Let’s talk about the bane of existence for many seniors: medications. About 40% of elders take 5 or more prescription meds, making pill management seem like a full-time job. In the next few blogs, I’ll tell you some easy ways to manage your meds more efficiently and safely. The first step is to get to know your meds so that you and your doctor can always make informed decisions about them. An easy way to do this is to create a tool that identifies each of your medications: the “Med List”. Most health authorities, including the American Medical Association, recommend that patients create and carry a personal medication list to streamline their med management and avoid medication errors.
Creating a Med List is really quite simple. Gather all of your medication containers in one place. Take out a large sheet of paper, and write today’s date and your name at the top. Then, make a row for each medication and fill in this information:
- the name of the drug,
- the dosage,
- the reason for the drug, and
- the approximate time(s) the med is supposed to be taken.
To the right of each drug, write in any special instructions, like “take after a meal”. If you take vitamins or other supplements, include them on your list, because supplements can affect the way medications work. Also include any over-the-counter drugs like aspirin or cough syrup. It’s important to know your drug allergies, so write these at the top of the page. (If you don’t know whether you have any drug allergies, put a question mark to remind you to ask the doctor.)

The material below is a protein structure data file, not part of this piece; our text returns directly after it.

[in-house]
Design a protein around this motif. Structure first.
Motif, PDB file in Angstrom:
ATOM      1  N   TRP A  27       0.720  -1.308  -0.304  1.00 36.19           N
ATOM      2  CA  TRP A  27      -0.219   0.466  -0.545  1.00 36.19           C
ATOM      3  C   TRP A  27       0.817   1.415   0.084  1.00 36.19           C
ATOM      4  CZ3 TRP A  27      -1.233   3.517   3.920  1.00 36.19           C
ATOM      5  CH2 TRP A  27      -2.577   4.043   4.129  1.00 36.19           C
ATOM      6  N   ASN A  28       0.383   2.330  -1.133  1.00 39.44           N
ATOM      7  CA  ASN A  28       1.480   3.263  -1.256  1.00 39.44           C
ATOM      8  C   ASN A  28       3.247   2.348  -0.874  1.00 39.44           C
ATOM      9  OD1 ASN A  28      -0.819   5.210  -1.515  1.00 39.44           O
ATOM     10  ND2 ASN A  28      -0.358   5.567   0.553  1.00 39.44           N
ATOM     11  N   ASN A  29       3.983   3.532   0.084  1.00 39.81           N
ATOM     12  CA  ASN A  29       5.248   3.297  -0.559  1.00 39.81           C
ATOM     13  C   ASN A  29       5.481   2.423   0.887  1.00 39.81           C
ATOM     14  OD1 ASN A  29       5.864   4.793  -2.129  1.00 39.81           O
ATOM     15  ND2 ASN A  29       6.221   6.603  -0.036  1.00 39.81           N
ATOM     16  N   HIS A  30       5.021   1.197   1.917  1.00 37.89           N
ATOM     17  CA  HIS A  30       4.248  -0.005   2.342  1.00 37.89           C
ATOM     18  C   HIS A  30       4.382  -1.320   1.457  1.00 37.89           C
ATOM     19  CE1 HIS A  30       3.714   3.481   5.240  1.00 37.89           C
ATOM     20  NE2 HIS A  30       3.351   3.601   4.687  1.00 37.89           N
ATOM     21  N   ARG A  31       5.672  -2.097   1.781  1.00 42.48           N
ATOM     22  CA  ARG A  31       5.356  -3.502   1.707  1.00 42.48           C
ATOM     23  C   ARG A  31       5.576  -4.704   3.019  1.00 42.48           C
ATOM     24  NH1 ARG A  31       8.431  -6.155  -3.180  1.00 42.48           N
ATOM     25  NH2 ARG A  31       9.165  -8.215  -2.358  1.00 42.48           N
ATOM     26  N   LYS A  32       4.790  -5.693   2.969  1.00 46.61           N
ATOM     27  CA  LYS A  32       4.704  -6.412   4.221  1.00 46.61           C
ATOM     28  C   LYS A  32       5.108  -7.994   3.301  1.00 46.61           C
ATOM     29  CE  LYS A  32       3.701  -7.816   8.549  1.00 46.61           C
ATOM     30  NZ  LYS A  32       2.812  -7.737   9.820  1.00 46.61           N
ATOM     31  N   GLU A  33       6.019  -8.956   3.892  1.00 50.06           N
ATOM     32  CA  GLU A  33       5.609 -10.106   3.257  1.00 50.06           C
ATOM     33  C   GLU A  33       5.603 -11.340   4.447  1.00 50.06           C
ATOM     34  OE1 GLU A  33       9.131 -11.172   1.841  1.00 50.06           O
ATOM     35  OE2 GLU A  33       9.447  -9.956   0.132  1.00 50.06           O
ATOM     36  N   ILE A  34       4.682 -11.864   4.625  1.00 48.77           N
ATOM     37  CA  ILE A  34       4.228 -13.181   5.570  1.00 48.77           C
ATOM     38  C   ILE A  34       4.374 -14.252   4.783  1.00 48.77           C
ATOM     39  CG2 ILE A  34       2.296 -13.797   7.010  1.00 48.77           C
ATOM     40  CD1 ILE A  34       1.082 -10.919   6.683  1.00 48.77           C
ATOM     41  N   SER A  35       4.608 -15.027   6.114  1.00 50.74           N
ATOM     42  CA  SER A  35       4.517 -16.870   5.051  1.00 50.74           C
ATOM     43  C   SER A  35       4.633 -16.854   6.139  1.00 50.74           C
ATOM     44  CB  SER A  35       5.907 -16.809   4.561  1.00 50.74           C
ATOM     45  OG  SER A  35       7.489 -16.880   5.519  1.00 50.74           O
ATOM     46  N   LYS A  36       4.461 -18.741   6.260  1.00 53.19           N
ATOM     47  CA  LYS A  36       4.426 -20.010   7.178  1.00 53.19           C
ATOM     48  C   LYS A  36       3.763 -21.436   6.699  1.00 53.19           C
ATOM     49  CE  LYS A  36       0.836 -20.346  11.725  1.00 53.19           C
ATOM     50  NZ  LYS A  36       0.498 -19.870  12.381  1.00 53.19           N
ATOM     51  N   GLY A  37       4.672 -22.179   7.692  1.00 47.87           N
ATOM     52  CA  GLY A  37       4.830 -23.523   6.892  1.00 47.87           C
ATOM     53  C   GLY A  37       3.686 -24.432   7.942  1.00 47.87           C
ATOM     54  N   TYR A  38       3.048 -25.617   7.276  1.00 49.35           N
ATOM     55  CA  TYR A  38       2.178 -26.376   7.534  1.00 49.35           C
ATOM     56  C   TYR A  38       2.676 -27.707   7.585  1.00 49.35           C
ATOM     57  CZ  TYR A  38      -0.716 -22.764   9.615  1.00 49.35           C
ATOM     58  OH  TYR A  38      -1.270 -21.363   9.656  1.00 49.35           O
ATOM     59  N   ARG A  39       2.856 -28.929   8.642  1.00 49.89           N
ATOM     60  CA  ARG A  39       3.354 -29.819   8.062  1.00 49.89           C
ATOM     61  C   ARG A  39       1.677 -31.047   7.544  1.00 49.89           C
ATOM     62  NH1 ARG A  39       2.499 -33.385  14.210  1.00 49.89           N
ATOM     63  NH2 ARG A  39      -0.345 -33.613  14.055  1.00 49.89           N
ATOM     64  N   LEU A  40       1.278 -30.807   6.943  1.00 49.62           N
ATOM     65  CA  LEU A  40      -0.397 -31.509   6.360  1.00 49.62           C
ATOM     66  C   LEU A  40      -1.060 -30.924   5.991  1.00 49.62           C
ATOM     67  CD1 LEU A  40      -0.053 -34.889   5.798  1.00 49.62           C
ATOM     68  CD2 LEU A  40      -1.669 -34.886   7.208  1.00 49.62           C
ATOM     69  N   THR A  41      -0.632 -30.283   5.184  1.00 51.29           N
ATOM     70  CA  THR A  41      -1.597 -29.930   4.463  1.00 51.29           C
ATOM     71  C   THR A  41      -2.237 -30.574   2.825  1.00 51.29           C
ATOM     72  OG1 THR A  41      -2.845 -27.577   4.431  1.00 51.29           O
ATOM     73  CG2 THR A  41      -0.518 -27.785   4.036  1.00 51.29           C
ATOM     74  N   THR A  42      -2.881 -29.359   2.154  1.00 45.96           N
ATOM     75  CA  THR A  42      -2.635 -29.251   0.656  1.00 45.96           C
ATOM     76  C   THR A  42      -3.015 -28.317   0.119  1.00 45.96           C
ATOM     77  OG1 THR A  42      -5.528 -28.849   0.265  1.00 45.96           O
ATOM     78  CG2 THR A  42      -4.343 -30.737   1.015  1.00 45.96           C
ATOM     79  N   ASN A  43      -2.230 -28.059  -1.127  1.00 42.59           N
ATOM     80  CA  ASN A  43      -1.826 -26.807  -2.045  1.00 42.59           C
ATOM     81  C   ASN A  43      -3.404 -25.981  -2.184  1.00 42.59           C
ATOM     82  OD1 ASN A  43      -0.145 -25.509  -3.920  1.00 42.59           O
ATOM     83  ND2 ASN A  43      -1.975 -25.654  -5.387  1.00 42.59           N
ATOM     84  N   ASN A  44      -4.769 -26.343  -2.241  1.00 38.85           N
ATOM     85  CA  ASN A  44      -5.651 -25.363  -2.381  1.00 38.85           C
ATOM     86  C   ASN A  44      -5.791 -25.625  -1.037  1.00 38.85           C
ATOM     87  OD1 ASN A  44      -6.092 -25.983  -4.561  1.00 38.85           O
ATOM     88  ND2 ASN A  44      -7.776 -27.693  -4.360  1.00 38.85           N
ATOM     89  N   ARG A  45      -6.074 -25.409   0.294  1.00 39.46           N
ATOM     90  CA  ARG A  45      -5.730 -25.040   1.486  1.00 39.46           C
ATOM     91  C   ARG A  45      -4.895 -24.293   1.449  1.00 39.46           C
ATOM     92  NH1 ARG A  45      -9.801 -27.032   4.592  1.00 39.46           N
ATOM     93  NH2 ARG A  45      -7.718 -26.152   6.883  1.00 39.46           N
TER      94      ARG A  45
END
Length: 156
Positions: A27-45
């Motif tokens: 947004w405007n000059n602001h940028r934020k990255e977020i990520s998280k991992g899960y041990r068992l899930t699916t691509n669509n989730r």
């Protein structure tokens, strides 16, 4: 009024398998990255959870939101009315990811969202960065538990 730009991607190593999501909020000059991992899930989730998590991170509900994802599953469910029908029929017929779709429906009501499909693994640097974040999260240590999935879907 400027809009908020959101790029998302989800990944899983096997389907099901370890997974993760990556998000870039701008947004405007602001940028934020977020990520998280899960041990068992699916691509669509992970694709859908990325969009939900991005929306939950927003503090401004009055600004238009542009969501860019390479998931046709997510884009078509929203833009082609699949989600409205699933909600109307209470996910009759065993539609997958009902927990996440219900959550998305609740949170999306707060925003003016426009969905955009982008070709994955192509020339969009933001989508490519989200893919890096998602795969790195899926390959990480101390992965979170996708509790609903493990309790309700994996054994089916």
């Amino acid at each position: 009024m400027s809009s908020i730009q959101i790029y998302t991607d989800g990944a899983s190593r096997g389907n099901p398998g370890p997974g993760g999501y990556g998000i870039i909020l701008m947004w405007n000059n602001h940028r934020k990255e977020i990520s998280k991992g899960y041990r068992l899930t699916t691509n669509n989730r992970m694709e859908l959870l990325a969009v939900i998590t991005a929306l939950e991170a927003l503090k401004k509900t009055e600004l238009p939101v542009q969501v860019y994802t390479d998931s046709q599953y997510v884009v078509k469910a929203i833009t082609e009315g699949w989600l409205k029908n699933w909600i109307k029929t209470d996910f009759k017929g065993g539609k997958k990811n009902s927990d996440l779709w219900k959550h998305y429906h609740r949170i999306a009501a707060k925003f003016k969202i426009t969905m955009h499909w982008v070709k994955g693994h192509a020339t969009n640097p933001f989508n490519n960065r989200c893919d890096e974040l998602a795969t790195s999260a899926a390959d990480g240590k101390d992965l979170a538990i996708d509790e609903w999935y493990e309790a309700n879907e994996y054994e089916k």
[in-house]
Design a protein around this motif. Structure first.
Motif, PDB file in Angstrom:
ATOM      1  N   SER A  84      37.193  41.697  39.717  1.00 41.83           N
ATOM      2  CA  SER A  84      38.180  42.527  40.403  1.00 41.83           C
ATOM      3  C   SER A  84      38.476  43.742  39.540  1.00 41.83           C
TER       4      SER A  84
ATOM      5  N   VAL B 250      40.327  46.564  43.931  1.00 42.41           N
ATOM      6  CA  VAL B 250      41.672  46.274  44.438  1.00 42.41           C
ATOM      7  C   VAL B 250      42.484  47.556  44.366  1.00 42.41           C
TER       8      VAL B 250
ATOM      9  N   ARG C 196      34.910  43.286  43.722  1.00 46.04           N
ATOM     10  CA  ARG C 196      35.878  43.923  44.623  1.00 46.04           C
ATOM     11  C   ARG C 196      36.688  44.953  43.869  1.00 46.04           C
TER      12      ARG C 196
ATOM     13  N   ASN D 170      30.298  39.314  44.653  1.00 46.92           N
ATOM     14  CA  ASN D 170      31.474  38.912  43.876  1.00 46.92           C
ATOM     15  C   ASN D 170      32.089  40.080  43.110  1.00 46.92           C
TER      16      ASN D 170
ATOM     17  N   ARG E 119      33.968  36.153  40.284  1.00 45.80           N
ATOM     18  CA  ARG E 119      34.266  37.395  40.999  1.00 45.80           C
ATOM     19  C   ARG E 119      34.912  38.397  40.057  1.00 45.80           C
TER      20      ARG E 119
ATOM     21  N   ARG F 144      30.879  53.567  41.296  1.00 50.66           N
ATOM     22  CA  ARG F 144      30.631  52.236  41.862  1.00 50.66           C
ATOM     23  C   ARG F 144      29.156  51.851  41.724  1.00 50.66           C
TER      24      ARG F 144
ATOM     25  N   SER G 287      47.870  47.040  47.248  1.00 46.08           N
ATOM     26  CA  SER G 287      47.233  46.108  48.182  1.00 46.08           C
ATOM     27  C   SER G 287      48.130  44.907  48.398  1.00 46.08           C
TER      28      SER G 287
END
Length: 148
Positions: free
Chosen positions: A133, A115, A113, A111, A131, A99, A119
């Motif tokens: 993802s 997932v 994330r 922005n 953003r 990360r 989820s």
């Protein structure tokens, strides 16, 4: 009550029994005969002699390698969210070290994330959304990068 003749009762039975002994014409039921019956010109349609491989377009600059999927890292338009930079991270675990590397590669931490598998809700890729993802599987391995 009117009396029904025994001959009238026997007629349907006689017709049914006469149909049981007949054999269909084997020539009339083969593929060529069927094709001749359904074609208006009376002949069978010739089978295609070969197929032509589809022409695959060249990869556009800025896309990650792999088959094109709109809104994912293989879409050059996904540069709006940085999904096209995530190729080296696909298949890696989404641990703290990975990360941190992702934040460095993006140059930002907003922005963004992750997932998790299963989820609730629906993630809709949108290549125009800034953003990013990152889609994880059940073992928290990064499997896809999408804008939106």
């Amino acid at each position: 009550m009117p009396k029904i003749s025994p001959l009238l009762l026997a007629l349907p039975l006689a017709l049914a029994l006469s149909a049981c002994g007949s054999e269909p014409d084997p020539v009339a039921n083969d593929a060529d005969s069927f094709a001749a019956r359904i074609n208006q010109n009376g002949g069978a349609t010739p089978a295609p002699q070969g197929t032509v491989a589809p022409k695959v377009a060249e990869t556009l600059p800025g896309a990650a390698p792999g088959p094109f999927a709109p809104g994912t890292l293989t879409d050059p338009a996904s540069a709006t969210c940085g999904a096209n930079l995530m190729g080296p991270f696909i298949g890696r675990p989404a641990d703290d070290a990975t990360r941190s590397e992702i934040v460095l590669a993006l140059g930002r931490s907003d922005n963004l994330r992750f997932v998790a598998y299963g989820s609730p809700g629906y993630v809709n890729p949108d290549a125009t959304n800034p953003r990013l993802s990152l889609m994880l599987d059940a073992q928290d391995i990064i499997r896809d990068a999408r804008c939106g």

You can enlist a family member, your pharmacist, or your doctor’s office to help with the list, if you have trouble locating the information. When the list is complete, make a few copies of it and carry one in your wallet or purse. Always take your current Med List to doctors’ appointments, and update it every time your drugs change.
Experts recommend that seniors have an annual “medication review” with their primary doctor, so the doctor can quickly see all current medications and spot any potential problems. Often, a primary doctor is not informed of drugs that other specialists prescribe for his patients. As a result, the patients can end up with too much medication or with pills that conflict. This is especially a risk for elderly patients, who tend to take several medications and see several medical specialists. The crossed wires can be a cause of severe medical problems, including memory loss and medication-induced dementia.
Healthcare experts recommend that you give a copy of your Med List to any family member involved in your medical decisions. If you have an emergency situation, you will want the ambulance or hospital staff to know which medications you take so that they can avoid giving you a conflicting drug. Medication errors, where patients are given the wrong medications or the wrong dosage of medication, sicken, injure or kill more than 1.5 million Americans every year. Avoiding medication errors in hospitals requires you, or your family, to be vigilant about the meds you are given, a task that is made much easier with an accurate Med List as a reference.
When you refill your prescriptions, look at your med list to be sure you got the right pills. Miscommunication between the doctor’s office and the drugstore, or pharmacy errors in filling the prescriptions, can cause you to end up with the wrong medications. It can even be helpful to make a note on your Med List of the appearance of each drug (“the small round white one”). Taking a few minutes each month to examine your pills can help you prevent dangerous medication errors.
Next blog, I’ll share with you some expert advice for ways to remember to take your meds on time.